West Virginia Sen. Joe Manchin is the most powerful man in the United States Senate. While he doesn’t hold a leadership role, the Senate’s 50-50 split means the relatively conservative Democrat has a lot of hold over what has a shot of passing and what doesn’t.
And on gun control, he hasn’t really budged on much.
Now, in the wake of Buffalo, Senate Democrats want to hold a vote for gun control. The problem for them is that Manchin isn’t on board with their plans.
A racially motivated mass shooting in Buffalo is putting new pressure on Democrats to consider gun-control legislation — but once again centrist Sen. Joe Manchin (D-W.Va.) is emerging as a problem.
Manchin says the pared-down Manchin-Toomey proposal to expand background checks, which he helped negotiate in hope of getting support from the National Rifle Association in 2013, is the only reform that has a chance of passing the 50-50 Senate, undercutting Democrats’ hopes of passing broader legislation.
While more ambitious proposals to ban assault weapons and high-capacity magazines never had a chance of getting 60 votes in the Senate, Democrats hoped to at least unify their caucus behind the background checks legislation passed by the House last year.
But Manchin on Tuesday said his old proposal negotiated with the retiring GOP Sen. Pat Toomey (Pa.) that could expand background checks for commercial transactions is the best option.
“I support the Manchin-Toomey, I’ve always done that,” he said. “The Manchin-Toomey is the one. I think if you can’t get that one, then why try to do something just for basically voting for the sake of voting?”
For what it’s worth, I don’t think Machin-Toomey has a hope in hell of making it through a filibuster, either.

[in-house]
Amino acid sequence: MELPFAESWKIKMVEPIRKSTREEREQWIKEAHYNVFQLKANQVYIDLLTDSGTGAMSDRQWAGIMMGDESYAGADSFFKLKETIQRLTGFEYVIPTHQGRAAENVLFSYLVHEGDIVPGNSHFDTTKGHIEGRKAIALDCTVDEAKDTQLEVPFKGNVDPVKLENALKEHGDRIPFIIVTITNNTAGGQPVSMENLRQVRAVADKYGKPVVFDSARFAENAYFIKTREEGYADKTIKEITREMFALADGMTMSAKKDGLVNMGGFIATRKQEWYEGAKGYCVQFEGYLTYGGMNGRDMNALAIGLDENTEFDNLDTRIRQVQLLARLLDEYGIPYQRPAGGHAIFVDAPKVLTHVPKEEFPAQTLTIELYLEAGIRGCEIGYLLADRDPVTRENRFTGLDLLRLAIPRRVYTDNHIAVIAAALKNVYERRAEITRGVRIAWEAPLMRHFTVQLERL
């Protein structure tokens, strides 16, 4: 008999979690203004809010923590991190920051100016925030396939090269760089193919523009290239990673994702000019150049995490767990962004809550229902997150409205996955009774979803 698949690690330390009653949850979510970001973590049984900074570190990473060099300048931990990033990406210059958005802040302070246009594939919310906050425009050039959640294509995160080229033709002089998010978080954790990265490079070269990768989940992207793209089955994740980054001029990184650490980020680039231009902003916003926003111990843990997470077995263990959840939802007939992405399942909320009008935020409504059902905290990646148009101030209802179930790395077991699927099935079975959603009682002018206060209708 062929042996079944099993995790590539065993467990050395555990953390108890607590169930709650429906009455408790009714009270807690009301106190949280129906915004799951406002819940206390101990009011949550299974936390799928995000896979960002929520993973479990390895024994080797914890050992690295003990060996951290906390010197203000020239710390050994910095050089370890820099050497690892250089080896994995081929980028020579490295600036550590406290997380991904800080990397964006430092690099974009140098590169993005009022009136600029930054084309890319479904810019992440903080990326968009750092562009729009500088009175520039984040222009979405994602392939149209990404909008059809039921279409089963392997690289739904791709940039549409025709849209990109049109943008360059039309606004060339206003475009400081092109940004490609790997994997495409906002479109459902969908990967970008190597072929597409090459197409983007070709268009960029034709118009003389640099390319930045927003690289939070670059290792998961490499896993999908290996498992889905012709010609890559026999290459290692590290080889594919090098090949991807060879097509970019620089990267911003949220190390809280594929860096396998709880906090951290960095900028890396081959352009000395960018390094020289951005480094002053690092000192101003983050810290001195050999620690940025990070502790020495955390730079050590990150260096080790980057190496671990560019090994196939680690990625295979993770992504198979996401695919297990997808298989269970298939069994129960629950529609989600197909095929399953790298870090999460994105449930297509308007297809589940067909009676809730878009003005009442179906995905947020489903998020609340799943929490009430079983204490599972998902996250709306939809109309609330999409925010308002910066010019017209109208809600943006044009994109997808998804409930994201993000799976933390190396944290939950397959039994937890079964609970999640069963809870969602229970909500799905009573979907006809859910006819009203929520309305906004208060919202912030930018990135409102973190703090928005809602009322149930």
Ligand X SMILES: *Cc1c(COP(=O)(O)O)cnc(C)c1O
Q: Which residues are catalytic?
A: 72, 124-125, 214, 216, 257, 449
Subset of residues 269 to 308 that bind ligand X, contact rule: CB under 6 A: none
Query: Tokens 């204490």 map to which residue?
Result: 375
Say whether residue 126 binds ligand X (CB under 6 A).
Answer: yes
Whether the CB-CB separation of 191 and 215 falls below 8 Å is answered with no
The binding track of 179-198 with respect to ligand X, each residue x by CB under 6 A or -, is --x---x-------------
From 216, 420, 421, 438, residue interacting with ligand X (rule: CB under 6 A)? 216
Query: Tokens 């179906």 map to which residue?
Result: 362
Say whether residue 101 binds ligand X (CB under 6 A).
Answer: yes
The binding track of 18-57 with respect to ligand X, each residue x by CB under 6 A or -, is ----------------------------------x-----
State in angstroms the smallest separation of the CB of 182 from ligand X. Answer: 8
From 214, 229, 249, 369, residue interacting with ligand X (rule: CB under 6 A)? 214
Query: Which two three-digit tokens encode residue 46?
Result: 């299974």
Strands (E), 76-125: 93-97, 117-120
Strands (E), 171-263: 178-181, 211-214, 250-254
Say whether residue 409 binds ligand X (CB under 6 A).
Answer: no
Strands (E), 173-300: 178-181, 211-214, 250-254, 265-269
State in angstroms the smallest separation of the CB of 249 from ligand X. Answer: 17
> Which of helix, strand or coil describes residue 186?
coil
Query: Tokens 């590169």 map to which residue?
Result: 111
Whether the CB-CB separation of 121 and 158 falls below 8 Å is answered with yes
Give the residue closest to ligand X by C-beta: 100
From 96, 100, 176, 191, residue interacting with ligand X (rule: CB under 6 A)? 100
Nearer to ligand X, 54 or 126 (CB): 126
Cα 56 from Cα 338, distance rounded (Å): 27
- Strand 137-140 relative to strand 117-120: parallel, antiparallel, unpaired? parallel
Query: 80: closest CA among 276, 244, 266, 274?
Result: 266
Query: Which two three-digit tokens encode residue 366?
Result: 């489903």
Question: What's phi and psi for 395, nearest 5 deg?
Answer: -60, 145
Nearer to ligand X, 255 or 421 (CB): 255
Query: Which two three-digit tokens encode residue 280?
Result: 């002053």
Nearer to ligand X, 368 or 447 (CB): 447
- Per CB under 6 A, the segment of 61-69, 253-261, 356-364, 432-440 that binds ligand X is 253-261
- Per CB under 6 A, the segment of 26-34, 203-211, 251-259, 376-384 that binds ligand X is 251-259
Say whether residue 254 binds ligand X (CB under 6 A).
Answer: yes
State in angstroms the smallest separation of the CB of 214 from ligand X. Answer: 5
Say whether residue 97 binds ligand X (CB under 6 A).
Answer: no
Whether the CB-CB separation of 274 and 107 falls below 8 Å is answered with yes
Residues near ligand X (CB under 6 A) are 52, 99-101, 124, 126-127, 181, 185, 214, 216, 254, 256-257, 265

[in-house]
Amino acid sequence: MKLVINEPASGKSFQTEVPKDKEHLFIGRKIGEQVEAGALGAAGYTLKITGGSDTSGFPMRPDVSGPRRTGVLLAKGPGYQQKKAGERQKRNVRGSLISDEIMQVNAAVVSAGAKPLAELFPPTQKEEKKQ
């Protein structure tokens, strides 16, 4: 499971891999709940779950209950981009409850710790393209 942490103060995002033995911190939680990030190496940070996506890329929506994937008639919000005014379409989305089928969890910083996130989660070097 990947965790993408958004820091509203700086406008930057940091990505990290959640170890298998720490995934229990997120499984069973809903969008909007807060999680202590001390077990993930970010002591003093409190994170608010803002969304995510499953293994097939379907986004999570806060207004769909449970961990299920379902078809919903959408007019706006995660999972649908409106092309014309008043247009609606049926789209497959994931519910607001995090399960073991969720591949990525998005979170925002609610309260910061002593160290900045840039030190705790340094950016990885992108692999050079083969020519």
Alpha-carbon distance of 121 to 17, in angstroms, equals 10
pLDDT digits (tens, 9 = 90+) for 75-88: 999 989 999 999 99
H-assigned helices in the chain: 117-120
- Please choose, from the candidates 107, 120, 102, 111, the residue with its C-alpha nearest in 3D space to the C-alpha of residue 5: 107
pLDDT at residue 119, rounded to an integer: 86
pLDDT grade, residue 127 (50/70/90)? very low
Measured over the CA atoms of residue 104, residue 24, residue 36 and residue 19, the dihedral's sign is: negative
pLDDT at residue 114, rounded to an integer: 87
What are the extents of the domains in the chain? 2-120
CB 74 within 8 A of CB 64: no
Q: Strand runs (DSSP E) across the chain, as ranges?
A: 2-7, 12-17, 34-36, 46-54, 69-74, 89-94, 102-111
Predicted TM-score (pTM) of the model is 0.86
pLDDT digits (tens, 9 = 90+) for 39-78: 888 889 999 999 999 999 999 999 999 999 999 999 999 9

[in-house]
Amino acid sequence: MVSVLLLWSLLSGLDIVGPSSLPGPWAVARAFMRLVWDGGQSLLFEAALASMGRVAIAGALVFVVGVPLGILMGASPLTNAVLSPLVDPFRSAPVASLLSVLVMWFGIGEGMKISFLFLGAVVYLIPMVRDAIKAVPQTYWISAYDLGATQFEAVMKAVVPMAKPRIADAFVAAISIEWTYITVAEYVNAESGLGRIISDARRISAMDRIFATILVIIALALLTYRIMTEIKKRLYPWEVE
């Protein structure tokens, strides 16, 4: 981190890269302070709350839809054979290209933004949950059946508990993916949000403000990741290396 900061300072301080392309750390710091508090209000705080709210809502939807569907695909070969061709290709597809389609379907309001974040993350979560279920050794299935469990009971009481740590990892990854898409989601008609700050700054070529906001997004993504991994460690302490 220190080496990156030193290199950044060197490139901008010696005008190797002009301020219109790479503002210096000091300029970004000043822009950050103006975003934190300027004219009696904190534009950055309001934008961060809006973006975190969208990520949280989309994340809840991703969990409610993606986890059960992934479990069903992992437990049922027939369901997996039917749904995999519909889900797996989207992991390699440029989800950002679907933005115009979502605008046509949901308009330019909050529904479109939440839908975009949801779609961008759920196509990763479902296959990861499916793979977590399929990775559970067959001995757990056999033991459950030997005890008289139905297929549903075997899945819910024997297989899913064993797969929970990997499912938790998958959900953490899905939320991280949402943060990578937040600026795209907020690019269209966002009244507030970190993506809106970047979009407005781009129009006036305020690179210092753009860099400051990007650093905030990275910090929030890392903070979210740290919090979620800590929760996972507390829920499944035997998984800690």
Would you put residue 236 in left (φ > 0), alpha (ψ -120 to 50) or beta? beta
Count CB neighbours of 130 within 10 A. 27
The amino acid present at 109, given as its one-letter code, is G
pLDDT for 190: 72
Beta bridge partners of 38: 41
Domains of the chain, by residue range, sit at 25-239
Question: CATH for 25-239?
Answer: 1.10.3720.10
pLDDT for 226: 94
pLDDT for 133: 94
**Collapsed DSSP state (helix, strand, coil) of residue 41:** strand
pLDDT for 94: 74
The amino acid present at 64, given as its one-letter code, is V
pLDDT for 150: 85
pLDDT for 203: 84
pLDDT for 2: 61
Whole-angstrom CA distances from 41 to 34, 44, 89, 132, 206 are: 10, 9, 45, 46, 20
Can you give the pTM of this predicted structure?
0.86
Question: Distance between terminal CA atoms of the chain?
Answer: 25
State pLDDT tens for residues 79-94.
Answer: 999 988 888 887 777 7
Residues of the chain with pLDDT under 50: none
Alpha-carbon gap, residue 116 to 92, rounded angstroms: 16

However, he’s right that it’s the bill with the best chance of passing an actual vote, but just barely. Yet if that isn’t the bill that will be up for a vote, I don’t actually see a background check bill going anywhere.
This is what I mean by Manchin’s power. He can ultimately dictate what bills go where in the Senate because he’s damn near the only Democrat not interested in voting in lockstep. Then again, he’s from West Virginia and the only Democrat to hold statewide office there. He can’t vote in lockstep with other Democrats if he wants to have a hope in hell of holding onto his job.
And that’s the saving grace of the moment because if Manchin did decide to move in lockstep, the only thing that would protect our Second Amendment rights would be the filibuster. I wouldn’t want to trust everything to that if I didn’t have to.
Thankfully, we don’t.
The truth of the matter is that while this push is happening because of Buffalo, a universal background check law wouldn’t actually have made an impact. New York already has one and, as we can see, it did nothing to stop the shooter from obtaining a firearm.
So why try and vote on something that, frankly, isn’t going to pass anyway? Theater. They need to put on a performance so they can tell their base that they tried.
And thankfully, Manchin isn’t playing that particular game.
My concern, though, is that they decide to play along with the West Virginia Democrat and can somehow get 10 Republicans to agree to allow it to come up for a vote.
We’ll have to see on that front.